All health care providers are under serious scrutiny, that is, if they take Medicaid. In Atlanta, GA, a dentist, Dr. Oluwatoyin Solarin was sentenced to a year and six months for filing false claims worth nearly $1 million. She pled guilty, and, I would assume, she had an attorney who recommended that she plead guilty. But were her claims actually false? Did she hire a criminal attorney or a Medicaid attorney? Because the answers could be the difference between being behind bars and freedom.
Dr. Solarin was accused of billing for and receiving payments for dental claims while she was not at the office. U.S. Attorney John Horn stated that “Solarin cheated the Medicaid program by submitting fraudulent claims, even billing the government for procedures she allegedly performed at the same time she was out of the country.”
I receive phone calls all the time from people who are under investigation for Medicare/caid fraud. What spurred on this particular blog was a phone call from (let’s call him) Dr. Jake, a dentist. He, similar to Dr. Solarin, was under investigation for Medicaid fraud by the federal government. By the time Dr. Jake called me, his investigation was well on its way, and his Medicaid reimbursements had been suspended due to credible allegations of fraud for almost a year. He was accused of billing for and receiving payments for dental services while he was on vacation…or sick…or otherwise indisposed. He hired one of the top criminal attorneys, who advised him to take a plea deal for a suspended jail sentence and monetary recompense.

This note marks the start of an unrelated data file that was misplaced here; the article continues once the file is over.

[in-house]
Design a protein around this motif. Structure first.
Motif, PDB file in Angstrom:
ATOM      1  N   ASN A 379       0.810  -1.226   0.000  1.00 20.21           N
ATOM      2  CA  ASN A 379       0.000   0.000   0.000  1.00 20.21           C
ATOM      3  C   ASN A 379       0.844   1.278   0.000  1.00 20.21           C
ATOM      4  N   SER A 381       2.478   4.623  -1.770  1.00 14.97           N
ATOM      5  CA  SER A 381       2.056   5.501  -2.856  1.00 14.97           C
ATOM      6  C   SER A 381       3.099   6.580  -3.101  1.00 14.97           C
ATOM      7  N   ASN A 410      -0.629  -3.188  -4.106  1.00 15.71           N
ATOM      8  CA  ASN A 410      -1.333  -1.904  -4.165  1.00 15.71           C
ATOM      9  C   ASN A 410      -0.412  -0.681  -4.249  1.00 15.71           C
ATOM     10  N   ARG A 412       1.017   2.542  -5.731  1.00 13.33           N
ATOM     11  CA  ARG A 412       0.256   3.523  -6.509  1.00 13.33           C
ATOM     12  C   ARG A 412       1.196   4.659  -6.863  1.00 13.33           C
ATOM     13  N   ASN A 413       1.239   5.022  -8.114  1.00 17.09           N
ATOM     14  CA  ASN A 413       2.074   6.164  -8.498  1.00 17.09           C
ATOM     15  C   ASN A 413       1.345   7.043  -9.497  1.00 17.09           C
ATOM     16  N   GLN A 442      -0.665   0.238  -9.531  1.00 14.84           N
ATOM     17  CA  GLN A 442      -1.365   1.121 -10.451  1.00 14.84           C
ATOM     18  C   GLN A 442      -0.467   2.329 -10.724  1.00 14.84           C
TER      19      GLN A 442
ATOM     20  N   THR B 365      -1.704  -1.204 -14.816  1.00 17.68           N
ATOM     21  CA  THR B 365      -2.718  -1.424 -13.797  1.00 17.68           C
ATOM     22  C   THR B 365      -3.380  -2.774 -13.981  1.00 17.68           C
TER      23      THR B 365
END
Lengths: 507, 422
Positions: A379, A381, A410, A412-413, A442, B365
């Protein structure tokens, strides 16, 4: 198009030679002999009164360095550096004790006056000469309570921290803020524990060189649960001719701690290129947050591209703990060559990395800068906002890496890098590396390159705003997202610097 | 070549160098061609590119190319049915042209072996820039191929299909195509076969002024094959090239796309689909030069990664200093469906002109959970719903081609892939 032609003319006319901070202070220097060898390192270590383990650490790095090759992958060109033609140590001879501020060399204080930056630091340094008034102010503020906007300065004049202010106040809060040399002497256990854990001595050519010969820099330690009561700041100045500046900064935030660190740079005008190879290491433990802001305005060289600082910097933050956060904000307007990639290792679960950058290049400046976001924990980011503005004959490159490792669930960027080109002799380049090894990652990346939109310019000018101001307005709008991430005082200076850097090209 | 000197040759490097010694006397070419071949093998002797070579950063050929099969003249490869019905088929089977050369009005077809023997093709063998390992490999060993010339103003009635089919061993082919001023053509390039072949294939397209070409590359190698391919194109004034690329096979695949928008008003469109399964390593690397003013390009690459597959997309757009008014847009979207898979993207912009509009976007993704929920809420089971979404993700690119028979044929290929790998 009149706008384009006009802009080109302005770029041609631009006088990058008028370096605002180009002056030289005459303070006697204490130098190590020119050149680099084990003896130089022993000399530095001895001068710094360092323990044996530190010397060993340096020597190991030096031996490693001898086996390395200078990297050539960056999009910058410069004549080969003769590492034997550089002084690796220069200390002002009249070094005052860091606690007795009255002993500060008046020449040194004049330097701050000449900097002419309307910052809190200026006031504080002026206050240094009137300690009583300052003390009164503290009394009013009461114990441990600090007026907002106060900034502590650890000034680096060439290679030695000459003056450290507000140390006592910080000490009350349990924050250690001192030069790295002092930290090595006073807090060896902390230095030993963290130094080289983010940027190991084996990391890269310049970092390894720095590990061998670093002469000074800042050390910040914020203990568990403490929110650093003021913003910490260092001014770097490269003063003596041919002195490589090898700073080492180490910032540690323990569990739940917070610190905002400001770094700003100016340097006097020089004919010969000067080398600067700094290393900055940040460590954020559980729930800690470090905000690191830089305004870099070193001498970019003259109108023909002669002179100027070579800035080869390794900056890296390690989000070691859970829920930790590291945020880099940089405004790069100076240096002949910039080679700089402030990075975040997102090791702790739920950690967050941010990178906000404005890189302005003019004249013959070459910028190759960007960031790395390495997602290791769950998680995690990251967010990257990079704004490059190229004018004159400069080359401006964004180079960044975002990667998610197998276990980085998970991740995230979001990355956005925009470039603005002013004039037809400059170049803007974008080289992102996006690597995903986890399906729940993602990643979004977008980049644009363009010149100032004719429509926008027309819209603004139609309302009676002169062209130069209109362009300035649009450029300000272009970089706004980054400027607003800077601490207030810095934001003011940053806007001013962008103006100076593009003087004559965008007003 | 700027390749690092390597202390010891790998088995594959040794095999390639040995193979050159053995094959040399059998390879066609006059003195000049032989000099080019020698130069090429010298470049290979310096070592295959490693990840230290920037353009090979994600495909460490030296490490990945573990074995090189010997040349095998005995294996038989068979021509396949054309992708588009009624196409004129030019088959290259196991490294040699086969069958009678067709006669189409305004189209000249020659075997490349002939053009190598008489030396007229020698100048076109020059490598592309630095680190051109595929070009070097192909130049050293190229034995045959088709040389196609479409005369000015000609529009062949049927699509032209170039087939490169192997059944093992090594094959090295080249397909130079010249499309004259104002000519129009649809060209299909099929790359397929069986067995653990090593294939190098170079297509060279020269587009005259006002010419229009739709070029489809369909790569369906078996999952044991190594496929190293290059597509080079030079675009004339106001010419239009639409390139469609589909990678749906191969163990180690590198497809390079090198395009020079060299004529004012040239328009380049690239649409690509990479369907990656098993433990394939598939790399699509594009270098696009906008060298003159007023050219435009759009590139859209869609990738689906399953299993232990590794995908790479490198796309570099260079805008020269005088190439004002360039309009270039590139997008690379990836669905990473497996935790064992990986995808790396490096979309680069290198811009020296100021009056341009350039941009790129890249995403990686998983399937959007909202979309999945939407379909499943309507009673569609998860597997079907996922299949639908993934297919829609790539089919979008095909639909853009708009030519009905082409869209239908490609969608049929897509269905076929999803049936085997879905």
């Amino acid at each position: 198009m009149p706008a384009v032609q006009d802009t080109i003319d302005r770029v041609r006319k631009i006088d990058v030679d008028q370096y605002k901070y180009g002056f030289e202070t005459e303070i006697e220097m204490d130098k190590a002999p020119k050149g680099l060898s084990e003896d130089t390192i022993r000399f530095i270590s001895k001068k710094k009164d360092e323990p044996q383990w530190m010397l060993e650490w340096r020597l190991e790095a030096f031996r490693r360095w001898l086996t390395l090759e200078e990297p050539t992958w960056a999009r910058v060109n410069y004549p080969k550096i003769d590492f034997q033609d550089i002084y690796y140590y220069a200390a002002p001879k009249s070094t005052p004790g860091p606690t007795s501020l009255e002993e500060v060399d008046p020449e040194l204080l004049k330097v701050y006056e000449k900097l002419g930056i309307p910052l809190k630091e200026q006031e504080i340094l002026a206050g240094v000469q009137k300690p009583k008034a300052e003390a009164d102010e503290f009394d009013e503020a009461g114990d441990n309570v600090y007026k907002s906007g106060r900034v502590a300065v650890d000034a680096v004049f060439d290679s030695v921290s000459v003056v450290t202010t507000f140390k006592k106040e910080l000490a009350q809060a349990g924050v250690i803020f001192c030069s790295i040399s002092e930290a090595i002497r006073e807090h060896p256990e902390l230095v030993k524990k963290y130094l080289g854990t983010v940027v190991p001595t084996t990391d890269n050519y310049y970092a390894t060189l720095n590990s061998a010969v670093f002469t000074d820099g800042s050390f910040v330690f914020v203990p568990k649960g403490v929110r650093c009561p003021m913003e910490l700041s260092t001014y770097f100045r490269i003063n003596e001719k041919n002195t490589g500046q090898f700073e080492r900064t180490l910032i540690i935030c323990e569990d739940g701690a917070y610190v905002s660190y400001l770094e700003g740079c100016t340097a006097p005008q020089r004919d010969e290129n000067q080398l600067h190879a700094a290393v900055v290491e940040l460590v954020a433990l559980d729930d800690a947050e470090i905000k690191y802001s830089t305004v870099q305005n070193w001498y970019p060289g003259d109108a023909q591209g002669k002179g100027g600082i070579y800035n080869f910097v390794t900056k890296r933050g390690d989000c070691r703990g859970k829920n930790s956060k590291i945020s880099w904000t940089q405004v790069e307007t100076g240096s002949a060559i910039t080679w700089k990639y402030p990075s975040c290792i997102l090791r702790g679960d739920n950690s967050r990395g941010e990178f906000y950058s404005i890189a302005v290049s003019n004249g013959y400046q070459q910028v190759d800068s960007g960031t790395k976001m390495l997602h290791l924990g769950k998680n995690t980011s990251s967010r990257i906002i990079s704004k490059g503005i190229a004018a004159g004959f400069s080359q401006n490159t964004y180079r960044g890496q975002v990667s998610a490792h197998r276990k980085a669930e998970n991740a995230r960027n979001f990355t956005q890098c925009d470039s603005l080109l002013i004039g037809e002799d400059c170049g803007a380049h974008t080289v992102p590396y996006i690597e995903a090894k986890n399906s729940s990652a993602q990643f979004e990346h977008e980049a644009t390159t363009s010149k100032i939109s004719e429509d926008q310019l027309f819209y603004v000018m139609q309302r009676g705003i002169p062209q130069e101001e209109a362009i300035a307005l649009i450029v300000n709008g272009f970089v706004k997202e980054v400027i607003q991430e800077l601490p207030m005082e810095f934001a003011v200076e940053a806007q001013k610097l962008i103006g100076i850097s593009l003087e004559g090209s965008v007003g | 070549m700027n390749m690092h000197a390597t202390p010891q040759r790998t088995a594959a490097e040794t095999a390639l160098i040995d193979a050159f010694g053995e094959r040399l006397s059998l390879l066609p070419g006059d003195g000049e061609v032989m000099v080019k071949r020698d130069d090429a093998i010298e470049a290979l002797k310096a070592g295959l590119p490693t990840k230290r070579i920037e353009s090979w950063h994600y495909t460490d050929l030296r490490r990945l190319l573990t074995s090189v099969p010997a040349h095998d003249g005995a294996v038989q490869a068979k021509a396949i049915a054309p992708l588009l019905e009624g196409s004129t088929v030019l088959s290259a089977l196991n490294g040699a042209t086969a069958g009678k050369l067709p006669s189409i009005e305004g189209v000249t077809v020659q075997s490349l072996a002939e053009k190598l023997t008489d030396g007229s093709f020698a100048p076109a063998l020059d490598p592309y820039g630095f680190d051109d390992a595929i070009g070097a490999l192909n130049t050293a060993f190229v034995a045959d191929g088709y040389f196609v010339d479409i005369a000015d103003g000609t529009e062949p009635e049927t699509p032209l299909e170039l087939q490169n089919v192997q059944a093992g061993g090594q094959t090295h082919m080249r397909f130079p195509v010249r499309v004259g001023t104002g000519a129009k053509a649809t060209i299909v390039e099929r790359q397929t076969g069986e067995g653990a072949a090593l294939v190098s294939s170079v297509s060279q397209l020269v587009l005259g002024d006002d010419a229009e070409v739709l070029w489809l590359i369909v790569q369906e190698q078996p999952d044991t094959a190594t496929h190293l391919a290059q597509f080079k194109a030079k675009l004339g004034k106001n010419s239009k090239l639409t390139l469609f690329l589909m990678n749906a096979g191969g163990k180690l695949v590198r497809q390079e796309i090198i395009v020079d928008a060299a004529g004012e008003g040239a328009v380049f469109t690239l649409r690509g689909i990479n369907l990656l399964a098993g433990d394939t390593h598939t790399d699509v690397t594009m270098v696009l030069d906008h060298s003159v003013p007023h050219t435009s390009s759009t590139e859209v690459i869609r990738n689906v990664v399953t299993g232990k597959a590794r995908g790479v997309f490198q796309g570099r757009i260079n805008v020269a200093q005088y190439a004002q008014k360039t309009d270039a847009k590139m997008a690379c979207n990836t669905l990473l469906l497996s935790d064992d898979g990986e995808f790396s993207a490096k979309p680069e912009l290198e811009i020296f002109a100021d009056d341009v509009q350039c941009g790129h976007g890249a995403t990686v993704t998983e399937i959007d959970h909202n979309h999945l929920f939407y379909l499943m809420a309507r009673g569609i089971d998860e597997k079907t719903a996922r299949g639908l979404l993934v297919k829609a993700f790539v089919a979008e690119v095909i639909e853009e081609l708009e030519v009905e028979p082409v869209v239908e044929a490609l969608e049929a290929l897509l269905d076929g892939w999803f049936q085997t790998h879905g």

But, wait, he says to me. I didn’t do anything wrong. Why should I have to admit to a felony charge and be punished for doing nothing wrong?
I said, let me guess, Jake. You were the rendering dentist – as in, your NPI number was on the billed claim – but you hired a temporary dentist to stand in your place while you were on vacation, sick, or otherwise indisposed?
How did you know? Jake asks.
Because I understand Medicaid billing.
When my car breaks down, I go to a mechanic, not a podiatrist. The same is true for health care providers undergoing investigation for Medicare/caid fraud – you need a Medicare/caid expert. A criminal attorney,most likely, will not understand the Medicare/caid policy on locum tenens. Or the legal limitations of Medicaid suspensions and the administrative route to get the suspension lifted. Or the good cause exception to suspensions.
Don’t get me wrong, I am not advocating that, when under criminal, health care fraud investigation, you should not hire a criminal attorney. Absolutely, you will want a criminal attorney. But you will also want a Medicare/caid attorney.